Imágenes de páginas
PDF
EPUB
[blocks in formation]

called Prevention Plus, based on these conferences, is now available for use in schools and communities. Its purpose is to marshal the school and

community resources to develop more comprehensive prevention programs.

In March of this year, Secretary Dole, Governor Volpe and I had the opportunity to participate in the first national conference for youth on

teenage drinking and driving. The conference was held in Chevy Chase,

Maryland at the National 4-H Center and was attended by nearly 400 bright,

energetic young people from every State and Territory. These young people joined together dedicated to eliminating drunk driving among their peers. Their sincerity, enthusiasm, and determination, give one faith in the future. Right now, these young people who met in Chevy Chase are mounting

anti-drinking and driving campaigns base on positive peer pressure.

This

effort focuses on using young people to persuade other young people that drinking and driving is not acceptable and can be deadly. Since this

conference, 34 States have reported starting new anti-drinking and driving

campaigns.

Next April, I intend to convene the Second Annual Conference for

Youth on Drinking and Driving to continue this initiative.

-7

In addition to these conferences, this past spring we sponsored a special art

exhibit for young people which featured works depicting teenage drinking and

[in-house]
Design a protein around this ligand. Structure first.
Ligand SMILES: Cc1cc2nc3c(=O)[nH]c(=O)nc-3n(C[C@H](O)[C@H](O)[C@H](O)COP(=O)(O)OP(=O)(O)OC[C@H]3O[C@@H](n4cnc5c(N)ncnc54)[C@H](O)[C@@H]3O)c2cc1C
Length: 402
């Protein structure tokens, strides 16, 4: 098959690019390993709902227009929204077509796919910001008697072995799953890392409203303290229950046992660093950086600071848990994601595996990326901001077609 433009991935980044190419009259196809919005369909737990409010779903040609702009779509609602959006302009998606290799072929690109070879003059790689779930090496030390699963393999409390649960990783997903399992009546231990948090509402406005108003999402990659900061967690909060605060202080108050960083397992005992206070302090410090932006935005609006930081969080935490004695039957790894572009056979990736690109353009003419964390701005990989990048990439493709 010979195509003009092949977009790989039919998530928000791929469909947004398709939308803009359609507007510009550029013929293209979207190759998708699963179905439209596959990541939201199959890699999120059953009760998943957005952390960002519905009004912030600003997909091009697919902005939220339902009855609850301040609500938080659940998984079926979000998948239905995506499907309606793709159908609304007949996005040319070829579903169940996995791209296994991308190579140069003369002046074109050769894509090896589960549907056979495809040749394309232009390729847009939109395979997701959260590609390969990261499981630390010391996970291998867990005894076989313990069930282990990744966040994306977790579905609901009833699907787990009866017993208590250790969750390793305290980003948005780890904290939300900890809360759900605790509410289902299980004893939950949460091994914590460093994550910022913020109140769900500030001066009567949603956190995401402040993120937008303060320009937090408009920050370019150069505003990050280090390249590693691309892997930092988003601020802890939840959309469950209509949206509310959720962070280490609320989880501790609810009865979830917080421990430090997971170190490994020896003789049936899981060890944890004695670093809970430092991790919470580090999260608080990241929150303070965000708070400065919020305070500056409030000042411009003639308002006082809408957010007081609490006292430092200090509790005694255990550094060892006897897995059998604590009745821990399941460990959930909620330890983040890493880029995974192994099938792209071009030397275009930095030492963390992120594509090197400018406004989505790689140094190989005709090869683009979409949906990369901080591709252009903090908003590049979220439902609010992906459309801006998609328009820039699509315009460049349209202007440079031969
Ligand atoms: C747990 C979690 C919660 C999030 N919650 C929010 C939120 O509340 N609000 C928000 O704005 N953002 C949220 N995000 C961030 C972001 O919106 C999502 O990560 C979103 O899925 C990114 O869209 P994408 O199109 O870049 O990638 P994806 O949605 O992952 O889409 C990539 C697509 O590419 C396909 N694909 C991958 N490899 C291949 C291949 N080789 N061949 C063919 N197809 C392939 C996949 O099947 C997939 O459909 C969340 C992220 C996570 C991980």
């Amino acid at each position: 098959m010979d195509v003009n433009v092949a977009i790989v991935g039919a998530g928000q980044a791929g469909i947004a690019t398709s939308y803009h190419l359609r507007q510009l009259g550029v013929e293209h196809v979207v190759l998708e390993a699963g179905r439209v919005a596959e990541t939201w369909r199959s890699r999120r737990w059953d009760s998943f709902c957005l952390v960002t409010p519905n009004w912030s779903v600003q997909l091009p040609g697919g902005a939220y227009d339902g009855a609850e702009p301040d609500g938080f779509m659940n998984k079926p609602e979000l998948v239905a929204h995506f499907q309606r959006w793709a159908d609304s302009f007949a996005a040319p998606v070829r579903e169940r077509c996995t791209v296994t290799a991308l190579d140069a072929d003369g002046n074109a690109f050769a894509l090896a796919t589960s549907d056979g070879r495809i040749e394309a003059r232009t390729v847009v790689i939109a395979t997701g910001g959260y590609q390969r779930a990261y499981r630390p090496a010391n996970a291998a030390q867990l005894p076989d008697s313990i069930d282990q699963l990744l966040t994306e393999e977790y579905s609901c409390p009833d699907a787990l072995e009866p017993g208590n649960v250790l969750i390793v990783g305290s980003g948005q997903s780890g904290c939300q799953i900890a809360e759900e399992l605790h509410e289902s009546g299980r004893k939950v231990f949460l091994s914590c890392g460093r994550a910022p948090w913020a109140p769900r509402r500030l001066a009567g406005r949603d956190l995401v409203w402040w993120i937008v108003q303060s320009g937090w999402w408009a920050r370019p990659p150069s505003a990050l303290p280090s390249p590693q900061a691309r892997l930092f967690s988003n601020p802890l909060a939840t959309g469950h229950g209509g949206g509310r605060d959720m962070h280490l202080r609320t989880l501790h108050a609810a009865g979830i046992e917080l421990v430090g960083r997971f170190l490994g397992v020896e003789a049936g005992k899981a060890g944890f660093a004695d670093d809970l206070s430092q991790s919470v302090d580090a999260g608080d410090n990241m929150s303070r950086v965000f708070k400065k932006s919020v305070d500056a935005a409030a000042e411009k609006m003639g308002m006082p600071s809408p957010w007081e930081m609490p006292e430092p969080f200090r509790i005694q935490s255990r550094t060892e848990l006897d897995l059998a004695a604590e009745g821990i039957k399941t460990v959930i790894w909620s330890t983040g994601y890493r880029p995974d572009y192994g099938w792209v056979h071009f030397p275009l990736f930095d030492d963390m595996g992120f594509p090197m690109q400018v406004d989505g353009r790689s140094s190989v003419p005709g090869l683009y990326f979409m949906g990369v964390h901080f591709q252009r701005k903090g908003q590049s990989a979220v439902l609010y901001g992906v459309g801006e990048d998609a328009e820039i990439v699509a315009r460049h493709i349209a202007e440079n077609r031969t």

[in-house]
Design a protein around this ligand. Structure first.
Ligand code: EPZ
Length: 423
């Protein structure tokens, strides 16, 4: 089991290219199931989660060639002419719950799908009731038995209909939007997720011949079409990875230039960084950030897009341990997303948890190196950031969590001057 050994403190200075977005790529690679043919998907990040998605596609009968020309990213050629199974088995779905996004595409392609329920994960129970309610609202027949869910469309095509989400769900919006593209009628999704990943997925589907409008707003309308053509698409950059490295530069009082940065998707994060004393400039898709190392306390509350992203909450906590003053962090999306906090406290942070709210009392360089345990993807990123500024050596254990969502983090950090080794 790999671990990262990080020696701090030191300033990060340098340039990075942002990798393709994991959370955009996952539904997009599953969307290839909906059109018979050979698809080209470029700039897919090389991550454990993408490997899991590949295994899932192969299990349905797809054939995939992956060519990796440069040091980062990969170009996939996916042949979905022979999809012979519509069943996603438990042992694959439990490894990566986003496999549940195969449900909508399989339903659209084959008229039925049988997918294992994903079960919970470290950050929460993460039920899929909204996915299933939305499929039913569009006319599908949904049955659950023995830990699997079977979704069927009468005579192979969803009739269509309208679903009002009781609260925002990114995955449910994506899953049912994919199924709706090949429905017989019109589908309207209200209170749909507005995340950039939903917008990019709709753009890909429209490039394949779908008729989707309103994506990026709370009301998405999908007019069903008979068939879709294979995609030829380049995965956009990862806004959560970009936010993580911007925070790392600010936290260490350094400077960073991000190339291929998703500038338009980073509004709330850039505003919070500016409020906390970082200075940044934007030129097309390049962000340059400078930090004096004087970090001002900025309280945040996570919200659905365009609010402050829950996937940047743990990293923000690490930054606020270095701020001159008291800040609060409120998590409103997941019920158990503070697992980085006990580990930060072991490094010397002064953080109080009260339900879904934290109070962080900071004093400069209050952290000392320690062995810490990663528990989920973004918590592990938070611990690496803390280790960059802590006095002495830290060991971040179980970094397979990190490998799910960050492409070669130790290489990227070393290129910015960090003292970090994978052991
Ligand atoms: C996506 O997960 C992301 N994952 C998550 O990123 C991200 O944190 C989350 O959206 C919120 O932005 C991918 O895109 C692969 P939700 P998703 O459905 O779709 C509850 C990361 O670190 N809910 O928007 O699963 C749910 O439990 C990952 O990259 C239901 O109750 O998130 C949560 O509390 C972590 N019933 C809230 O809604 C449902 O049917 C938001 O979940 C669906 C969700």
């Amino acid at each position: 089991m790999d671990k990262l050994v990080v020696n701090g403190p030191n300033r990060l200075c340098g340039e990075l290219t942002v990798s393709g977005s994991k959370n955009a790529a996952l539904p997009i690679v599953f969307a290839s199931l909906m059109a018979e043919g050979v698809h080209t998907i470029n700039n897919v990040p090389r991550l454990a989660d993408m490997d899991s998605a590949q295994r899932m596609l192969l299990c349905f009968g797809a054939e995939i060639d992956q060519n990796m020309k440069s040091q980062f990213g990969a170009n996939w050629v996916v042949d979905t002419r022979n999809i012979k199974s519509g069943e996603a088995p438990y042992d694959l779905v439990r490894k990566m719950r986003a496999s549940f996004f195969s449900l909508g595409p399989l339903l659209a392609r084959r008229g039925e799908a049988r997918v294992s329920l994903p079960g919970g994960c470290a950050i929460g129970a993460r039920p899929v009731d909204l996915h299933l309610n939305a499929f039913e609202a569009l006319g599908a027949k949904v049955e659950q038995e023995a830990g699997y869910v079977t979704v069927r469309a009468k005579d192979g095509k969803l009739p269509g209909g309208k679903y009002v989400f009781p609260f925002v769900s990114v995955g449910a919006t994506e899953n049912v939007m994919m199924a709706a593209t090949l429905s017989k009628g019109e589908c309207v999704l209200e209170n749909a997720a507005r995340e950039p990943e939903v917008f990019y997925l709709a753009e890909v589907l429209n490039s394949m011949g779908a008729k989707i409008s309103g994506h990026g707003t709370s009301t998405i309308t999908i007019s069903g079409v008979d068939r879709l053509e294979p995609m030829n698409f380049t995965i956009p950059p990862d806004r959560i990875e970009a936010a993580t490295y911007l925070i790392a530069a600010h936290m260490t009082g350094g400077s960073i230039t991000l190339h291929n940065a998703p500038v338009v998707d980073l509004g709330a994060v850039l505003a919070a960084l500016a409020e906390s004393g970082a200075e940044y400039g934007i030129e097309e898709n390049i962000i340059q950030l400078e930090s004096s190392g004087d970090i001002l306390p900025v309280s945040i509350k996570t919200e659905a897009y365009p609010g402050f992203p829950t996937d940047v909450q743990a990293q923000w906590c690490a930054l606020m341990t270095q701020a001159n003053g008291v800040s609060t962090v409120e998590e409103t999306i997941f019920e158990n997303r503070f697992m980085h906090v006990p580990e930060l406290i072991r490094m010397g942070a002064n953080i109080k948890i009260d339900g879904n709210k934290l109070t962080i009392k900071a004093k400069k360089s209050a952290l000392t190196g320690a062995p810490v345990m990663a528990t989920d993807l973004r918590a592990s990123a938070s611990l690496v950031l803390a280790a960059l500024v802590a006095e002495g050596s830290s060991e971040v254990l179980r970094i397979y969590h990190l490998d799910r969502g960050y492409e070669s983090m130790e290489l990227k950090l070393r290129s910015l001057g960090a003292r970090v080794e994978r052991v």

driving.

I am also pleased that this Fall we are helping to organize 15 more

conferences which will help communities assess the need for treatment

programs,

for students who encounter problems associated with the use of

alcohol and drugs. When someone's drinking gets out of hand, do parents know

where to turn?

Do children? Do friends? These meetings will provide

answers, explain what treatment may consist of, and show

when trouble

[blocks in formation]

All of these actions are part of a Secretarial initiative of high personal

priority and are aimed at getting the appropriate message to our young people. Additionally, in recent years, largely in response to growing public concern,

many States have moved to raise the minimum age for possession, purchase, and

consumption of alcoholic beverages. Evidence is accumulating which indicates that raising the legal drinking age significantly reduces alcohol-related

motor vehicle accident involvement among this age group.

However, while I

believe that this can be an effective measure to reduce the tragic toll of

alcohol-related motor vehicle accidents among young people, at the same time, I believe that this is an appropriate matter for the States to consider

rather than be mandated at the Federal level as proposed in H.R. 3870.

It is my belief that the actions of the Federal, State, and local Governments,

as well as citizens groups, including groups such as Student Aganist Drunk

Driving (SADD) and Mothers Aganist Drunk Driving (MADD), can have a positive

impact on this tragic problem.

PROMOTING HEALTH/PREVENTING DISEASE

OBJECTIVES FOR THE NATION

Fall 1980

MISUSE OF ALCOHOL AND DRUGS

1. Nature and Extent of the Problem

A major objective of the drug and alcohol prevention policy is to reduce the adverse social and health consequences associated with the misuse of these substances, especially among adolescents, young adults, pregnant women and the elderly.

Alcohol and other drug problems have pervasive effects: biological, psychological and social consequences for the abuser; psychological and social effects on family members and others; increased risk of injury and death to self, family members and others (especially by accidents, fires or violence); and derivative social and economic consequences for society at large. Destructive drug and alcohol use shares many similarities with tobacco use and may respond to some of the same prevention strategies (see Smoking and Health).